Polarized Debate

Dec 06, 2017 Kat Kerlin
Blogs on Polar Bears and Sea Ice Reveal Dangerous Gap Between Climate-Change Facts and Opinions

A polar bear on Arctic sea ice. (Getty Images)
Human-caused global warming is accepted by leading scientific organizations around the world, but public opinion about humanity’s role fails to keep pace with these consensus views. Internet blogs contribute to this gap by casting doubt on iconic climate science topics, such as polar bears and sea ice extent, setting them up as “keystone dominoes” to topple scientific understanding. 

A study analyzing this trend is published today (Nov. 29) in the journal BioScience under the title “Internet Blogs, Polar Bears and Climate-Change Denial by Proxy.” Led by the Netherlands Institute of Ecology, it is co-authored by an international team of researchers, including faculty at the University of California, Davis.

No middle ground

The authors analyzed 90 blogs that covered climate change. None of the blogs were truly in the middle. Instead they fell into one of two camps: 45 were science-based and 45 were denier blogs. These camps each took completely different positions on Arctic ice extent and polar bear status.

“We found a major gap between the facts from scientific literature and the science-based blogs on one hand, versus the opinions ventilated in climate-change denying blogs on the other,” said first author Jeff Harvey from the Netherlands Institute of Ecology. “This is a very dangerous gap, as these blogs are read by millions.”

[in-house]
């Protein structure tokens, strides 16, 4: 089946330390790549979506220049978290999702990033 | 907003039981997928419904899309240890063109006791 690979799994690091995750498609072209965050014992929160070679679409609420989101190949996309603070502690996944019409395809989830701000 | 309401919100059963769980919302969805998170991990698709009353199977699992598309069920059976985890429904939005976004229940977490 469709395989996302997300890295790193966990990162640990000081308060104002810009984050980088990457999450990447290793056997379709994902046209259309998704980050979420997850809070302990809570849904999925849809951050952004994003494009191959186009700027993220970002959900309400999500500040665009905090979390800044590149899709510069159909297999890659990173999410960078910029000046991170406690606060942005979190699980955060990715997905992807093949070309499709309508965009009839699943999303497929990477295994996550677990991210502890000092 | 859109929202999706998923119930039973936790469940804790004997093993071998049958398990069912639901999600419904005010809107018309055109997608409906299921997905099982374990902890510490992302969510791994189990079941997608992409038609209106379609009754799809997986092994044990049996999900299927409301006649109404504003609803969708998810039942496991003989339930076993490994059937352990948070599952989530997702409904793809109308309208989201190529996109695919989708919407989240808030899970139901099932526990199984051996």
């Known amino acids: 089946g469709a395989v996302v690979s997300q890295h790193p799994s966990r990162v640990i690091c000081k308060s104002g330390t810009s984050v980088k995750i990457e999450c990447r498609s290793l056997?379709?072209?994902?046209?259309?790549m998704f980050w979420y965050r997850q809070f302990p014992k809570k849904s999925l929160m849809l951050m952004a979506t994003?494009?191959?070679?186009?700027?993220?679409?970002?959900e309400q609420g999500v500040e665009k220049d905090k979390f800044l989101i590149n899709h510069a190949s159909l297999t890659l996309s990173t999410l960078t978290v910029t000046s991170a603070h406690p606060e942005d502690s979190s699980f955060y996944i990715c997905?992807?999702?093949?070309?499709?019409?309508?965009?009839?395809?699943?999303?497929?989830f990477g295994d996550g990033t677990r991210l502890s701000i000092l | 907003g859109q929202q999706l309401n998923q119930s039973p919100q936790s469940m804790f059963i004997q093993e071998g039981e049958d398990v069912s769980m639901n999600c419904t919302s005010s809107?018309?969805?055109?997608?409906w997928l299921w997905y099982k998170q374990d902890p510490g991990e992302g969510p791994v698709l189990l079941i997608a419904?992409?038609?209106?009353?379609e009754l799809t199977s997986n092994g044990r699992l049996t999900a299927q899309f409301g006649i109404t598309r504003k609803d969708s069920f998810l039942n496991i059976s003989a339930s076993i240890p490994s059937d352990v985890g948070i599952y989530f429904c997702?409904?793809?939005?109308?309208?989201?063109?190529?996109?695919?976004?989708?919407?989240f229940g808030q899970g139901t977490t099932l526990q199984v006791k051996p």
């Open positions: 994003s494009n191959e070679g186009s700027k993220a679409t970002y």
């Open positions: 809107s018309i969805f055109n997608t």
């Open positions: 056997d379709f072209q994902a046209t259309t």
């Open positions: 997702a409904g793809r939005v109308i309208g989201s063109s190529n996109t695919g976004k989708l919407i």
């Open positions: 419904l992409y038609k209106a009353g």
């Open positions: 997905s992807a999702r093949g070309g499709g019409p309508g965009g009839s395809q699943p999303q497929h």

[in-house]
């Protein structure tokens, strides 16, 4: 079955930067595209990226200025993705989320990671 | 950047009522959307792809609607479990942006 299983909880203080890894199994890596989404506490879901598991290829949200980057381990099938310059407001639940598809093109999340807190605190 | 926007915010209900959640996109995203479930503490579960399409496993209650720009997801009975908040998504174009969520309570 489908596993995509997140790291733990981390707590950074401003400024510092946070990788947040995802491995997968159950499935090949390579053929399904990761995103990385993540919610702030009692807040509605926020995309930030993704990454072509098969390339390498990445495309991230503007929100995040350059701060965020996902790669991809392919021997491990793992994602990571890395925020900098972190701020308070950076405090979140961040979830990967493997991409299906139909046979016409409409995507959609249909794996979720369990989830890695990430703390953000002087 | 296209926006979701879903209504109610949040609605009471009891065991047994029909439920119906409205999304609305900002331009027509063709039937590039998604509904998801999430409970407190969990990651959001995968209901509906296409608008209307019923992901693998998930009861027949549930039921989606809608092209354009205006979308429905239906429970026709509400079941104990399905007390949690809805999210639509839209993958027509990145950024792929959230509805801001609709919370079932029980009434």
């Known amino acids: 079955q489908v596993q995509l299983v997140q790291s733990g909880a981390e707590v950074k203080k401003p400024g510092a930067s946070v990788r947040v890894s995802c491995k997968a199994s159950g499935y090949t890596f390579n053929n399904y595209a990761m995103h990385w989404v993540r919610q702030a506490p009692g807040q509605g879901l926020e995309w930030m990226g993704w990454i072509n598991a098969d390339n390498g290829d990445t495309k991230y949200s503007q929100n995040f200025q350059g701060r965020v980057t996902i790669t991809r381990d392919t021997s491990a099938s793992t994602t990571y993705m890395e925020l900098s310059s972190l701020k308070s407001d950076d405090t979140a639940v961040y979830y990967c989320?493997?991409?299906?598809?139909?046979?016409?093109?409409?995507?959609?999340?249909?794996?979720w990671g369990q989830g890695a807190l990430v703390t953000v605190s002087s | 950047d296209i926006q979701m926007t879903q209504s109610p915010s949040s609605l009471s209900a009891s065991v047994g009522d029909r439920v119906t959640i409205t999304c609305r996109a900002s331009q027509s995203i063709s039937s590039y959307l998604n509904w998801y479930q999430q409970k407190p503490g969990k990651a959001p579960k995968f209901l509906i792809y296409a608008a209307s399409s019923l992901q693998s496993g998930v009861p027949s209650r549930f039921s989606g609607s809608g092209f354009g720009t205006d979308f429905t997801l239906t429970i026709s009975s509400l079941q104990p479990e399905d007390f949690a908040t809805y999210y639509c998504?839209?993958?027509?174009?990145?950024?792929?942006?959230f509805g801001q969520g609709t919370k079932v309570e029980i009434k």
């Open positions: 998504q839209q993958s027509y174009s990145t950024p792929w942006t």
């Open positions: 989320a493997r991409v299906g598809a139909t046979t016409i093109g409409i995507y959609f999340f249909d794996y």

Of the 45 denier blogs, about 80 percent relied on a single denier blog for their evidence, which itself had a single author who had not conducted any original research or published any articles in the peer-reviewed literature on polar bears. This lack of expertise and evidence is common among such blogs, the study says, as are personal attacks against researchers and attempts to misstate the extent of scientific certainty about crucial issues.

Call to action

The research team included ecologists, polar bear researchers, climate scientists, science communicators and sociologists from six countries. They conclude with a call to action for scientists to venture beyond the confines of their labs and lecture halls to engage the public and policymakers, as well as to counter misinformation on social and traditional media directly. 

“Climate change deniers use deception to sow doubt and confusion, influence public perception, and stall meaningful action,” said co-author Eric Post, a professor in the Department of Wildlife, Fish and Conservation Biology and fellow with the John Muir Institute of the Environment at UC Davis. “We have an obligation as researchers and academics to expose these tactics. There are no alternatives to facts.”

The study received no external funding.

Media contact(s)

Kat Kerlin, UC Davis News and Media Relations, 530-752-7704, 530-750-9195 (cell), [email protected] 

Froukje Rienks, Netherlands Institute of Ecology, +31 6-10487481 , +31 317-473590, [email protected]

4 Ways to Determine Credibility

1. Follow the data — Data trails of skeptics go cold quickly.

2. Follow the money — Some prominent climate deniers are linked to think tanks that downplay human-caused climate change or receive direct funding from fossil-fuel companies.

3. Follow the credentials — Scientists described as “experts” on denier blogs often lack relevant expertise.

4. Follow the language — Climate deniers often attack those with different views with insults, such as “eco-fascists,” “fraudsters” or “green terrorists,” or by accusing them of being part of a global “scam” or “hoax.”

— criteria described in the study

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